The Civil War Connections Blog

Tag Archives: Union

Memorializing Northern Aggression

As I was walking into work today, I encountered my supervisor on her way to a meeting. She asked what I was planning on writing about today, and when I replied that I was writing about Andersonville Prison, she chuckled and said how uplifting that would be. I replied that it was a shame I […]

Mrs. Lincoln

When thinking about the Civil War and the White House, many people immediately think of Abraham Lincoln, one of our nation’s most famous presidents. Few people consider the woman who stood beside him through one of the most trying presidential terms in our history. Mary Todd Lincoln, a native of Lexington, Kentucky, when discussed, is […]

That We Here Highly Resolve

  Today marks what would be President Abraham Lincoln’s 204th birthday, and in honor of our 16th President, you get a two-for-one deal with blog posts today! In addition to this little refresher on President Lincoln, I will also be posting a more in-depth look at his wife, Mary Todd Lincoln. As I’m sure most […]

Defending D.C.

  Prior to the outbreak of the Civil War, Washington D.C. stood largely undefended. With the exception of Fort Washington, located south of the capitol on the Maryland side of the Potomac River, the population of 63,000 in Washington was exceptionally vulnerable. With the secession of Virginia from the Union, and Maryland as an unsteady […]

Lincoln

Over the past holiday season my family and I went to see the new Lincoln movie, starring Daniel Day-Lewis as our 16th president. I don’t want to spoil the movie for anyone who may not have seen it; however it is based on true events, so chances are you know how well Lincoln does in […]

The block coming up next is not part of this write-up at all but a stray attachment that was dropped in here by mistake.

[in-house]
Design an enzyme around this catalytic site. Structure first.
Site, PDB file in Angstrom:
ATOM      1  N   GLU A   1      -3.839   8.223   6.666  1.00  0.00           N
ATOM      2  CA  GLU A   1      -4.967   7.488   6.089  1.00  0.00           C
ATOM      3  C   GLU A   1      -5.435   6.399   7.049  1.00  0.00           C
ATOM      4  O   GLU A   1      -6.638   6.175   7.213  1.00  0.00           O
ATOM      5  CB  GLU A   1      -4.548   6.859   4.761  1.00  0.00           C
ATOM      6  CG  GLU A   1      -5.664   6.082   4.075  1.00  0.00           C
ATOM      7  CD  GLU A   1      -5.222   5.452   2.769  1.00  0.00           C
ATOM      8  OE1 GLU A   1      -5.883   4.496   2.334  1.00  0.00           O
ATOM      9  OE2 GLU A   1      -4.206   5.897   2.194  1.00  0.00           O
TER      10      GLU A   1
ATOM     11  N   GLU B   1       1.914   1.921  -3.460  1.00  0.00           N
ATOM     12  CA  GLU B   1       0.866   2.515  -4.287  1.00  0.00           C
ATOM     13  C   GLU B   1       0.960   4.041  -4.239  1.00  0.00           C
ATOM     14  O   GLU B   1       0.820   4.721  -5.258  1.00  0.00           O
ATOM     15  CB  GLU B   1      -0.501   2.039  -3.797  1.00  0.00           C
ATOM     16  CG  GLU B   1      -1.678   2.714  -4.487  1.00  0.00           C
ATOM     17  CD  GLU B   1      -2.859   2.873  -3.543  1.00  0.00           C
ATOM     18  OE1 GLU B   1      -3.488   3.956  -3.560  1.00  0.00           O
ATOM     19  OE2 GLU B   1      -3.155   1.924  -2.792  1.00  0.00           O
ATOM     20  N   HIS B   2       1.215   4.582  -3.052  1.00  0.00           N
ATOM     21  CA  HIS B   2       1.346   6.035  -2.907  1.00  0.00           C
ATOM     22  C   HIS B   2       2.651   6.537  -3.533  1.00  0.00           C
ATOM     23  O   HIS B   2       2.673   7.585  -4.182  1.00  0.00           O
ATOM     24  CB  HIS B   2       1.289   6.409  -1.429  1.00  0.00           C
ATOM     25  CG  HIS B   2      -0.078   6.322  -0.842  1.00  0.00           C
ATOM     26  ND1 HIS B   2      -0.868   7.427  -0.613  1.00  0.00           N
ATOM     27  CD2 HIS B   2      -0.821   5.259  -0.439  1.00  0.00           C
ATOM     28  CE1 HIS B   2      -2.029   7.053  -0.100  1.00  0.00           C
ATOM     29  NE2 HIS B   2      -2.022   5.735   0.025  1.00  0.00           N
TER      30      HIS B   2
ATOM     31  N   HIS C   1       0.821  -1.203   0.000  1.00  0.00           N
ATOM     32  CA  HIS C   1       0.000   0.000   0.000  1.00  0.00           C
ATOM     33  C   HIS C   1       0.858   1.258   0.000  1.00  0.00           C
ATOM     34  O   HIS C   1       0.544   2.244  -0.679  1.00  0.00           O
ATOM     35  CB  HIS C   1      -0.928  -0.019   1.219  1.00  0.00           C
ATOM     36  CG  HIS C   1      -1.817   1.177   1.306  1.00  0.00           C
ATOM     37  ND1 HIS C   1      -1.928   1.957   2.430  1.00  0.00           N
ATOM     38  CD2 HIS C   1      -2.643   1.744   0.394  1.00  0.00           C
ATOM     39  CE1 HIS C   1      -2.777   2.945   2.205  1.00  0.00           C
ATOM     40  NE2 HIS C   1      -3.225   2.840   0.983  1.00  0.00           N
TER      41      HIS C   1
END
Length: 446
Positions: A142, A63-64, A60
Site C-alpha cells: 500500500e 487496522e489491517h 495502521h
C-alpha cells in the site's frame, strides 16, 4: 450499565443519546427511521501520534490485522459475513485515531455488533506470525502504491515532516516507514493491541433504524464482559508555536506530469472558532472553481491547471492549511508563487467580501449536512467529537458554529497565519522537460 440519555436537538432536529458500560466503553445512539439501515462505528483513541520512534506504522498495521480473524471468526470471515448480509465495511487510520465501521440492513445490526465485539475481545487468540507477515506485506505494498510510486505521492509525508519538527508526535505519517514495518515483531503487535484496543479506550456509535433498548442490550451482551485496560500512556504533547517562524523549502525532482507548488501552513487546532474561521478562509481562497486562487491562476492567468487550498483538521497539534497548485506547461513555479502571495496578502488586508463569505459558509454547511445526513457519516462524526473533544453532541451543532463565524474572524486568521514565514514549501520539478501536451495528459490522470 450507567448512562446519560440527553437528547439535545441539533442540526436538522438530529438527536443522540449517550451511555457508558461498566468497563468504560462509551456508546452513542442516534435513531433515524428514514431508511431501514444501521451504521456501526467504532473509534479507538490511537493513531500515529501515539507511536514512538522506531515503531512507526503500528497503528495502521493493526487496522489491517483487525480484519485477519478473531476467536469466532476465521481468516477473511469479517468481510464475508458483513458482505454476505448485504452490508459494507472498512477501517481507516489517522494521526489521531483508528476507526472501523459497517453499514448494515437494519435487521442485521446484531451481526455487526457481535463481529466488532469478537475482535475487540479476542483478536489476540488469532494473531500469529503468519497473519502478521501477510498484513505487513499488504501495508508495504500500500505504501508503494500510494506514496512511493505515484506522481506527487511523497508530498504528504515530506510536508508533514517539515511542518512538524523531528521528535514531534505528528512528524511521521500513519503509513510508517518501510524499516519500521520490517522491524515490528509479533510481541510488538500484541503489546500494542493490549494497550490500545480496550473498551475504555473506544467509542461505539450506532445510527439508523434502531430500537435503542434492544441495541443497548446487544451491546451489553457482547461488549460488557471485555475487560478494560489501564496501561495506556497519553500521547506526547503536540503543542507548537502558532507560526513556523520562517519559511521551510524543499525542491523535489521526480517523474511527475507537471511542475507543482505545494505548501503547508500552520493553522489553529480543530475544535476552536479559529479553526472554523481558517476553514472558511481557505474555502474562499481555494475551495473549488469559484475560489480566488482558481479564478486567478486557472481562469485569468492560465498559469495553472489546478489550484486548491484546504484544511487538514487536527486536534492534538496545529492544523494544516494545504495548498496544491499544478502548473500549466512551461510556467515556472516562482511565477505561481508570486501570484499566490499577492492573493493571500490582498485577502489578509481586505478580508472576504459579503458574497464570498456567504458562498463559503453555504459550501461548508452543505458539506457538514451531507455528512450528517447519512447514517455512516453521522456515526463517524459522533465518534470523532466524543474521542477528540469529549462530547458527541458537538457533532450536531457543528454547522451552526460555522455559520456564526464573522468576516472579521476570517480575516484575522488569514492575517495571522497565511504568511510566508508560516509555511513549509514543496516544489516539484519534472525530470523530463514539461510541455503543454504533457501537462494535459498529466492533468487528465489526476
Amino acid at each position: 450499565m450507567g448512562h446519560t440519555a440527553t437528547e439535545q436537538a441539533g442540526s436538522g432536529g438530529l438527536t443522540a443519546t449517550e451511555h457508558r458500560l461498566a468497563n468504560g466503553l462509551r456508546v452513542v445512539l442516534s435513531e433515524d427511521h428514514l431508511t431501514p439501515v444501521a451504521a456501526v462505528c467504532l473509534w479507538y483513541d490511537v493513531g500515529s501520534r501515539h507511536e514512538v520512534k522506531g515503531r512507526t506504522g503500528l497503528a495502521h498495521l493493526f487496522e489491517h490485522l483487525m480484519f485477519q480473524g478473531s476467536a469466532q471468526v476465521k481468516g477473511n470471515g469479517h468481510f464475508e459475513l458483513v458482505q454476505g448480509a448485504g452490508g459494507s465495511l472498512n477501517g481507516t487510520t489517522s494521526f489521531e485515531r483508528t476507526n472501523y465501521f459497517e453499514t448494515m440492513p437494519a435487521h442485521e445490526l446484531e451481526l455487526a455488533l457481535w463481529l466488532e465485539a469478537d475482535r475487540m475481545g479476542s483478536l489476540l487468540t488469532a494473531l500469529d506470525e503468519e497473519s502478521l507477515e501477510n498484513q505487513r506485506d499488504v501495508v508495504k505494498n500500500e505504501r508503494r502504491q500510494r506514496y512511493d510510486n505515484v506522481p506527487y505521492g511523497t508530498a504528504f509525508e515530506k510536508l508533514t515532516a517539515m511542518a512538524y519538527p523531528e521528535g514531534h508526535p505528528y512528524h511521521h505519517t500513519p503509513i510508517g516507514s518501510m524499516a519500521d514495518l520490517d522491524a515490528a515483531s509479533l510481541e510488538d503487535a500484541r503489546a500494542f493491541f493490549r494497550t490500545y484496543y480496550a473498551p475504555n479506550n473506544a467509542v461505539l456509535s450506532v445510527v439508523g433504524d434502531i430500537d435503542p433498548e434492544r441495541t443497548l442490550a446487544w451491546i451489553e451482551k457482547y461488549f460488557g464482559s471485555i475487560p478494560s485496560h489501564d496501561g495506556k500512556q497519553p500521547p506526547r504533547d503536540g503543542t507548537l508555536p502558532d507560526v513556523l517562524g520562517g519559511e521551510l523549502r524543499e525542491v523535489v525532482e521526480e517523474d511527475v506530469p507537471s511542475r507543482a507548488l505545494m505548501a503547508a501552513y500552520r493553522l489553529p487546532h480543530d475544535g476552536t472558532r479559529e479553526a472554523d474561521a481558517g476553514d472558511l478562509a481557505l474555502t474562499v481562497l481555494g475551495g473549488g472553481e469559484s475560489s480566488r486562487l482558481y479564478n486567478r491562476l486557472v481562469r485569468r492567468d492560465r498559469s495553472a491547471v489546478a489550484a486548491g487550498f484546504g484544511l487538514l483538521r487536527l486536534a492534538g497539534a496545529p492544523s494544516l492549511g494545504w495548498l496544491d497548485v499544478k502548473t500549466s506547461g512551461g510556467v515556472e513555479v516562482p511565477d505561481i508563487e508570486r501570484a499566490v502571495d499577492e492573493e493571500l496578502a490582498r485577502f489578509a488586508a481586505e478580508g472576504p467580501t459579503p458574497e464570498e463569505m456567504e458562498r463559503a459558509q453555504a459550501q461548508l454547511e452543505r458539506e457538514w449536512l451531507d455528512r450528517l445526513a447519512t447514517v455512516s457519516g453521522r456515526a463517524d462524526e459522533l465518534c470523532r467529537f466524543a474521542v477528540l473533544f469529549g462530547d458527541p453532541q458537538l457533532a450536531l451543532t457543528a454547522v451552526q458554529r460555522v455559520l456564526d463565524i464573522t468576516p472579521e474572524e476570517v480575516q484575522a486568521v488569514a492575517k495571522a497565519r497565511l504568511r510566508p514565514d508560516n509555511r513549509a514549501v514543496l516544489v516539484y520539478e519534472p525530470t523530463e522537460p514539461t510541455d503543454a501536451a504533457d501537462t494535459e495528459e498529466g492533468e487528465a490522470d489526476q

Black Knight vs. Black Knight

Founded during the Revolutionary War at the urging of General George Washington, the fortress at West Point, NY, has stood guard over the Hudson River since its construction in 1778. The fort officially became the United States Military Academy in 1802, and has since been producing officers well versed in military leadership and a variety […]

A Final Resting Place

So, as I may have mentioned in my first blog post, I am a self-proclaimed history nerd. Luckily, I was born and raised right outside of Washington D.C., and therefore have access to one of the most historically rich areas in the United States. While I haven’t been into the city since the summer, I’d […]

Sealing the Confederate Coffin

Hi everyone, and welcome to the Civil War Connections blog! My name is Kelly, and I’ll be blogging this semester as an intern at The Mariners’ Museum.  I’m currently a senior at Christopher Newport University, and I’m studying both History and English Literature. As a self proclaimed history nerd, I’m a huge fan of studying […]

Remembering Emancipation

Hello folks, and welcome back to the Connections blog! In today’s society, Abraham Lincoln is often remembered as not only one of our most popular presidents, but as the president who freed the slaves. The popular conception is that Abraham Lincoln, using the Emancipation Proclamation, freed the slaves and ended slavery during the Civil War. […]

Black Confederate Soldiers: Fact or Fantasy? (Part 1)

Hey there folks, and welcome back to the Connections blog! To begin today’s two-part topic, I shall tell to you an awkward personal story. When I was visiting a large, outdoor living history museum in Virginia last year (a museum that shall remain nameless and had nothing to do with the Civil War), I overheard […]